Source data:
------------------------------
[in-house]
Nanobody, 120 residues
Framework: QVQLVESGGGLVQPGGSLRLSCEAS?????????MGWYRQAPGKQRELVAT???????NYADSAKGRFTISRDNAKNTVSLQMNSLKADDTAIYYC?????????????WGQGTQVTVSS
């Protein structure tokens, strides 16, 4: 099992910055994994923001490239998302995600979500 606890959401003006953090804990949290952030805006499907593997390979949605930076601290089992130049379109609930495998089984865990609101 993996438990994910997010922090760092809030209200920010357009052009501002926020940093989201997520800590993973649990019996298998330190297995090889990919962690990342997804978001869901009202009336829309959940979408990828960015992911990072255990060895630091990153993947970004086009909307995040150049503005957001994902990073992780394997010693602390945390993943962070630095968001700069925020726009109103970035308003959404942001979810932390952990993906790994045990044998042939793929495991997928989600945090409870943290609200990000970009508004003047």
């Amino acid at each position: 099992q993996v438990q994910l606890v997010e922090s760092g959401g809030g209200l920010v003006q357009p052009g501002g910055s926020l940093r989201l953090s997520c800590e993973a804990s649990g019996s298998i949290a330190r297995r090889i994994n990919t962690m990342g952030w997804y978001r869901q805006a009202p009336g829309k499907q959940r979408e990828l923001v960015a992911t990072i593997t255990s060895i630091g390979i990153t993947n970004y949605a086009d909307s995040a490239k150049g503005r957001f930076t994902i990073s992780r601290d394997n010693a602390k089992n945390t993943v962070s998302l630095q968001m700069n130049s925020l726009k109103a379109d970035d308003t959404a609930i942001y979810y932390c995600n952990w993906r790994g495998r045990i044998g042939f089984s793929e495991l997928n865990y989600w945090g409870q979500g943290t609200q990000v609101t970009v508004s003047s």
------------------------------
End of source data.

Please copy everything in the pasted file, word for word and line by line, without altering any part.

[in-house]
Nanobody, 120 residues
Framework: QVQLVESGGGLVQPGGSLRLSCEAS?????????MGWYRQAPGKQRELVAT???????NYADSAKGRFTISRDNAKNTVSLQMNSLKADDTAIYYC?????????????WGQGTQVTVSS
């Protein structure tokens, strides 16, 4: 099992910055994994923001490239998302995600979500 606890959401003006953090804990949290952030805006499907593997390979949605930076601290089992130049379109609930495998089984865990609101 993996438990994910997010922090760092809030209200920010357009052009501002926020940093989201997520800590993973649990019996298998330190297995090889990919962690990342997804978001869901009202009336829309959940979408990828960015992911990072255990060895630091990153993947970004086009909307995040150049503005957001994902990073992780394997010693602390945390993943962070630095968001700069925020726009109103970035308003959404942001979810932390952990993906790994045990044998042939793929495991997928989600945090409870943290609200990000970009508004003047």
């Amino acid at each position: 099992q993996v438990q994910l606890v997010e922090s760092g959401g809030g209200l920010v003006q357009p052009g501002g910055s926020l940093r989201l953090s997520c800590e993973a804990s649990g019996s298998i949290a330190r297995r090889i994994n990919t962690m990342g952030w997804y978001r869901q805006a009202p009336g829309k499907q959940r979408e990828l923001v960015a992911t990072i593997t255990s060895i630091g390979i990153t993947n970004y949605a086009d909307s995040a490239k150049g503005r957001f930076t994902i990073s992780r601290d394997n010693a602390k089992n945390t993943v962070s998302l630095q968001m700069n130049s925020l726009k109103a379109d970035d308003t959404a609930i942001y979810y932390c995600n952990w993906r790994g495998r045990i044998g042939f089984s793929e495991l997928n865990y989600w945090g409870q979500g943290t609200q990000v609101t970009v508004s003047s």